Some since of assumed credibility is actually important.  No two parties can truly dialogue if one party questions the validity of every position the other takes.  But should the Church actually fear shouldering the burden of proof?  Let me illustrate.

I remember as a child getting into the argument over “My dad can beat-up your dad.”  This argument was never solved, and never tested.  As a child, I was certain that my step-father was much stronger than anyone else’s, but I secretly knew that there was a possibility that he wasn’t, and the other boy wondered the same.

But what if my father had been Mike Tyson (the 80’s version)?  In that case, I would never have backed down.  The other boy might, but I would be safe in knowing that my position was indisputably secure.

In a similar way, Christians must know that Jesus is who He says He is.  They know that His claims are indisputable.  We have nothing to fear in marketplace of ideas.  We don’t need to defenders of God to the world.  As His claims are tested, He will be shown authentic.

One of the reasons that Christianity has difficulty in this is that our rhetoric is often louder than our actions.  Jesus was clear in that we are to be people who are known by the love that we share, joy, peace, patience, etc.  These are all actions, not words.  Our actions are to be explained by rhetoric when necessary.  In the words of Theodore Roosevelt, we are to always “speak softly but carry a big stick.”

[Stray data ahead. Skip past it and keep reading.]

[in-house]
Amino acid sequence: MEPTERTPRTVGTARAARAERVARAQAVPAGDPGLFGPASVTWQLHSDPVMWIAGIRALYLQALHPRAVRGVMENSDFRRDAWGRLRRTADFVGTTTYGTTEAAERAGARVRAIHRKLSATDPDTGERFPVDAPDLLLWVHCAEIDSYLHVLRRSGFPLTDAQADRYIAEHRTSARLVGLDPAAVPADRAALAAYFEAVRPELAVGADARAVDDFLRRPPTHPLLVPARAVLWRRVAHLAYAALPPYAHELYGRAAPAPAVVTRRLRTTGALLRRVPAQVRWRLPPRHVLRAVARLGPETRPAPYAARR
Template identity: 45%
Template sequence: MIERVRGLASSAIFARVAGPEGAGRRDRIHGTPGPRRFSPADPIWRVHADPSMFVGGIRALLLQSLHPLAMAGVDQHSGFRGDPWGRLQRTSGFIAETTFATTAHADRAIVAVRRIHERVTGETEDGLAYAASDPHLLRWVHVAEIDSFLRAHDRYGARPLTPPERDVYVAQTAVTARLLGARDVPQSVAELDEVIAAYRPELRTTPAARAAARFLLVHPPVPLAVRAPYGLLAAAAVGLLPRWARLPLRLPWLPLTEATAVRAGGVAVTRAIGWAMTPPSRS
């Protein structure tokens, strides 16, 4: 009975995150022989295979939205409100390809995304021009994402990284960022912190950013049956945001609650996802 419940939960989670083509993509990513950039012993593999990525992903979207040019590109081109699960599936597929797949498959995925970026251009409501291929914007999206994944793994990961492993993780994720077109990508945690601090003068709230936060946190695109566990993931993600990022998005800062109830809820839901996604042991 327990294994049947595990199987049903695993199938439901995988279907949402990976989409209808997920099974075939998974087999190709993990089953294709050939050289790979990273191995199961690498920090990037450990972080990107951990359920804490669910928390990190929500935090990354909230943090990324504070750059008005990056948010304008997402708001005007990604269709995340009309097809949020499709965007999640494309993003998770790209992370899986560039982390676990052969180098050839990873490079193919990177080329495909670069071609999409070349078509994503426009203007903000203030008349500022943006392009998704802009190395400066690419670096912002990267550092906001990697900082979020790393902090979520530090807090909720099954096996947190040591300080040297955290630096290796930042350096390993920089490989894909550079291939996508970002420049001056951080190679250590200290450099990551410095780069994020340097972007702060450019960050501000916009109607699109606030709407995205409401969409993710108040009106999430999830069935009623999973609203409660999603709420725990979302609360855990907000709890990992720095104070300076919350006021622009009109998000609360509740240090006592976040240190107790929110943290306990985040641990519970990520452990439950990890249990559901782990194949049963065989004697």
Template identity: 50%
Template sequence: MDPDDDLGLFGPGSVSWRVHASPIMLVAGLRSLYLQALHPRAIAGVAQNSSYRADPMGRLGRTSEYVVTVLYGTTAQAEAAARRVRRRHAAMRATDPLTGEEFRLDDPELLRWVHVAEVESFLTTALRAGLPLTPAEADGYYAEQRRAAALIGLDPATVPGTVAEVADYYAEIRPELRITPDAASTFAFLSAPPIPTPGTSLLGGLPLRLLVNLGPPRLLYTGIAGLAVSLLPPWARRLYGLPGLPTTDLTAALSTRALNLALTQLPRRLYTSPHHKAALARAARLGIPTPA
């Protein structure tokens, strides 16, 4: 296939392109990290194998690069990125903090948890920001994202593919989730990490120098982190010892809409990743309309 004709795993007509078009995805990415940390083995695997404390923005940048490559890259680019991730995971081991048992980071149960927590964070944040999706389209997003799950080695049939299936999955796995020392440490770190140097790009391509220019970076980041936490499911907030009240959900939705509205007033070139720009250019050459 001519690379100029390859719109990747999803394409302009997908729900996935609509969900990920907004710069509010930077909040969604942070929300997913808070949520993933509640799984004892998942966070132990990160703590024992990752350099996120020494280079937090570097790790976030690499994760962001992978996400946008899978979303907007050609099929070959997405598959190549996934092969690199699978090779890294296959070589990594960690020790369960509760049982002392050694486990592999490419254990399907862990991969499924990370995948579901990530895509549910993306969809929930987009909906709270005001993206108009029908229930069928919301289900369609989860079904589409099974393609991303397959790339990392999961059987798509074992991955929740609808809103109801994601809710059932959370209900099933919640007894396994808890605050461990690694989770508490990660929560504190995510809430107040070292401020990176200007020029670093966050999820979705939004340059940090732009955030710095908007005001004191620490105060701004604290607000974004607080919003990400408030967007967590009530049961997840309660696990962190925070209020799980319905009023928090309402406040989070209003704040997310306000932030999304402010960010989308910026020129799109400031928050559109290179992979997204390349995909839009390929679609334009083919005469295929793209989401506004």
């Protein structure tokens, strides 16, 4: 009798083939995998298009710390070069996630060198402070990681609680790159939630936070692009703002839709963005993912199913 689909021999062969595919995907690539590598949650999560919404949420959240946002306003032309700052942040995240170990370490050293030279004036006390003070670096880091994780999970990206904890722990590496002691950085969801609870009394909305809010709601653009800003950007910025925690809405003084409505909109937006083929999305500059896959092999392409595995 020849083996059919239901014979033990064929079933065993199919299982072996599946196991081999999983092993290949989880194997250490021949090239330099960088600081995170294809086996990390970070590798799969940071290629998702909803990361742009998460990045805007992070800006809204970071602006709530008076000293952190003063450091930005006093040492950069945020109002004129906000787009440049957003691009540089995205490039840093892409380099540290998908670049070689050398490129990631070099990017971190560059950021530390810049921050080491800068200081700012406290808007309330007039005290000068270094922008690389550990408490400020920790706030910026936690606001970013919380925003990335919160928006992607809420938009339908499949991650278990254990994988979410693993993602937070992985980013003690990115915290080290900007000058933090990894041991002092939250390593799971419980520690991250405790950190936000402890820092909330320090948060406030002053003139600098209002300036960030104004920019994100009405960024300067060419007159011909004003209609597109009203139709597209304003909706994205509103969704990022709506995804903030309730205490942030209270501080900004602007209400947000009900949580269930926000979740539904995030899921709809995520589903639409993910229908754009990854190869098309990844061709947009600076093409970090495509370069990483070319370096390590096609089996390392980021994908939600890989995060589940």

If skepticism of information can cause us to do this more, then it will bring us back to the type of Christianity that we should practice, instead of the rhetorically-driven example of the political Church.  -Ryan

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2009 Predictions

As events unfold throughout the year, I do my best to reflect how they have fulfilled my beginning of the year predictions.  That said, there are a few recent events that I found noteworthy.

First, there was the recent terror plans in New York City and Denver that seemed to have been foiled, at least for now.  I had predicted that this year there would probably be an attempt (not that wild a guess, really).  I also Twittered about the likelihood of one upcoming soon merely weeks ago.    There is a good article about the recent situation here.